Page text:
A general philosophical question about MacPorts

Ruben Di Battista rubendibattista at gmail.com
Wed Feb 20 12:50:31 UTC 2019

To complement people answer, and most of all, "Why macOS"? Well, because
there is not another Unix laptop that is as efficiently implemented. For
example, take a Windows laptop, put Linux on it, and see your battery life
drop at least of 15-20%. Well, i hate it. On my macOS I have very good
battery life with basically 99% of Linux software compiled with the help of

Using a VM workflow is really a no-go for me. So laggy and time consuming.
And really, macOS is really beautiful to use and agile. The gestures are
really time saving and they're already there without pindaric flights among
Windows Managers bugs and configurations on Linux (I could achieve
something similarly agile with ArchLinux + KDE Plasma 5, but I needed to
tweak quite a lot)

On Wed, Feb 20, 2019 at 10:28 AM Riccardo Mottola via macports-users <
macports-users at lists.macports.org> wrote:

> Hi,
> Bill Cole wrote:
> > Because running the tools it provides in a VM is a grotesque waste of
> > RAM and disk space and puts a wall up between tools I want to use
> > occasionally and the UI where I prefer to work mostly.
> I second that, for me a VM is a waste and only the "last possible mean".
> Except of course if you need VM to have many different environments and
> don't want to have a multi-boot or a multi-machine setup.
> >
> > Also, on one old 1st generation Core Duo iMac, it helps me to build
> > and run a suite of server software and other key tools that can face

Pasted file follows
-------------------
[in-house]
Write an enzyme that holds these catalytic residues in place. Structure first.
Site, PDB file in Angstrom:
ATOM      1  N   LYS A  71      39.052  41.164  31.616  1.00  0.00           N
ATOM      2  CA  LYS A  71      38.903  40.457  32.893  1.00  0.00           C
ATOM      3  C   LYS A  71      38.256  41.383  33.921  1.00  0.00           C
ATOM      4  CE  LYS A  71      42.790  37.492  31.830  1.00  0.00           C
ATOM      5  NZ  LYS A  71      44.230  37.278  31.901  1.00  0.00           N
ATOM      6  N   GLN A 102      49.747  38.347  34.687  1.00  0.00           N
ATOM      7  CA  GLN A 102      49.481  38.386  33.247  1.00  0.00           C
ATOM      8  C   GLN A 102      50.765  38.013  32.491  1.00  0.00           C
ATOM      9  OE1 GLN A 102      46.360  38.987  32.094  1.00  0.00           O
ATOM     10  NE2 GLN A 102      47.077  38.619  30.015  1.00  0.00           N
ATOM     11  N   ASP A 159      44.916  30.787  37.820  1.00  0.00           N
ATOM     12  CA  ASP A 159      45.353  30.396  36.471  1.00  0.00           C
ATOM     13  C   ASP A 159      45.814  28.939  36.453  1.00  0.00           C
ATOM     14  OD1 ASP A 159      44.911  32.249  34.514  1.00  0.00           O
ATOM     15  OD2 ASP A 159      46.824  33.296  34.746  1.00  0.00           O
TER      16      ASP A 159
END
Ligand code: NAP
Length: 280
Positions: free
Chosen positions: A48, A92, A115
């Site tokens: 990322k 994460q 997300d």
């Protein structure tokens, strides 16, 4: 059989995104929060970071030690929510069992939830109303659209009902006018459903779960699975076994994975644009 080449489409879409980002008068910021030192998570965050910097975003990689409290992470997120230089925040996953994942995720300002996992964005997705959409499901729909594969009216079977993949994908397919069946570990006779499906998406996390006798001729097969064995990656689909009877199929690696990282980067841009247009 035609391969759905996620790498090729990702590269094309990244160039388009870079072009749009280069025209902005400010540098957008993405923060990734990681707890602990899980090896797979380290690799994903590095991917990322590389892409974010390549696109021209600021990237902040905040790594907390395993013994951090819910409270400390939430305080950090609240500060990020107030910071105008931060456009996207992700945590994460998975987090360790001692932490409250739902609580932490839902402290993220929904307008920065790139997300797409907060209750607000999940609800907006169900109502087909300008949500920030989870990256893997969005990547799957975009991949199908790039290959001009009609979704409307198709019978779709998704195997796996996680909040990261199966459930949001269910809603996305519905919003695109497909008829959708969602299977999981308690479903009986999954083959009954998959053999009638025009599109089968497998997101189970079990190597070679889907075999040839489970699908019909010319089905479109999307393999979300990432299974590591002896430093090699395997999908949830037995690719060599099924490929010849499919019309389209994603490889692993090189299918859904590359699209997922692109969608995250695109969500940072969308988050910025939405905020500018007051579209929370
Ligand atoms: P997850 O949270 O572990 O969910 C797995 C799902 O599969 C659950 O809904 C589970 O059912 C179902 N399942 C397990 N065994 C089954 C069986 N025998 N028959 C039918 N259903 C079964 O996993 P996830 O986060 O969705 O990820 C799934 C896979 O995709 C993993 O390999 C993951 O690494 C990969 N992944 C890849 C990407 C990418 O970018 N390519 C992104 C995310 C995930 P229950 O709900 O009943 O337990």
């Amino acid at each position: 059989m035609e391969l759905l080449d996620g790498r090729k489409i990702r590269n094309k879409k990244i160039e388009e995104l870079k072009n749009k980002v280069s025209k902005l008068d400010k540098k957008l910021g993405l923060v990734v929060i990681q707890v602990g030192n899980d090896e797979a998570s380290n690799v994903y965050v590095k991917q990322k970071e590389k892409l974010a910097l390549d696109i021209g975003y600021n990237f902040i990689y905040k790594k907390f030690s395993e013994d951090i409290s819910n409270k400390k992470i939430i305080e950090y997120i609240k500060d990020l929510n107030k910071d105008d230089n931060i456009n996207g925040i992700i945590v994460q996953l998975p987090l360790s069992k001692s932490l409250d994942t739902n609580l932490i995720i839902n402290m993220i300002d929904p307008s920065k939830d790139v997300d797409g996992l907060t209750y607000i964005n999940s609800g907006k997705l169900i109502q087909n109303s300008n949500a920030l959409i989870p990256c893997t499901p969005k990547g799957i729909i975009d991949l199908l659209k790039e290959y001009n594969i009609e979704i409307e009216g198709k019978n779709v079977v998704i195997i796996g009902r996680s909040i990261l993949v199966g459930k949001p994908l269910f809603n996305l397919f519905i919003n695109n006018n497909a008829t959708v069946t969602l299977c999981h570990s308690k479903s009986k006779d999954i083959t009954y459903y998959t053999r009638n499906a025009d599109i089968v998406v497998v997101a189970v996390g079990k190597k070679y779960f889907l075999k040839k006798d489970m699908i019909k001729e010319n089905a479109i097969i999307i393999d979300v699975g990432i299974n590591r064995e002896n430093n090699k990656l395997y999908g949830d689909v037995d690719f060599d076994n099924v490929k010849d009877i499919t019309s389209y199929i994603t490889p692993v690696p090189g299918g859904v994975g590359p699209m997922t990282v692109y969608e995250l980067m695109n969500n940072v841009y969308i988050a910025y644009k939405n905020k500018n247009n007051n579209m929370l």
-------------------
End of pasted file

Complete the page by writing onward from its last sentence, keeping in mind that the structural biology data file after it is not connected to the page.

> > the Internet with reasonable safety and an attack surface that doesn't
> > quite look like any other machine while seeming irresistible to a
> > certain class of miscreants. I have a professional interest in the
> > unique behavioral intelligence I get from that machine that I cannot
> > get anywhere else. It would be a serious chore to maintain that host
> > as 'live bait' without MacPorts and I hate the idea of just discarding
> > a machine that would otherwise have no practical use.
> Right, MacPorts provides also an excellent way for having older Macs
> running, since it allows to get current software compiled for your
> system when perhaps a binary is not provided, to get updated
> dependencies, etc.
> Having e.g. gcc 6.5 and clang on Leopard or Snow Leopard is jsut
> excellent and can be both your goal (if you want to develop) or a tool
> to geto other applications you need.
> So are up-to-date svn and git clients!
> Using Gimp natively is just nice, isn't it?
> Riccardo

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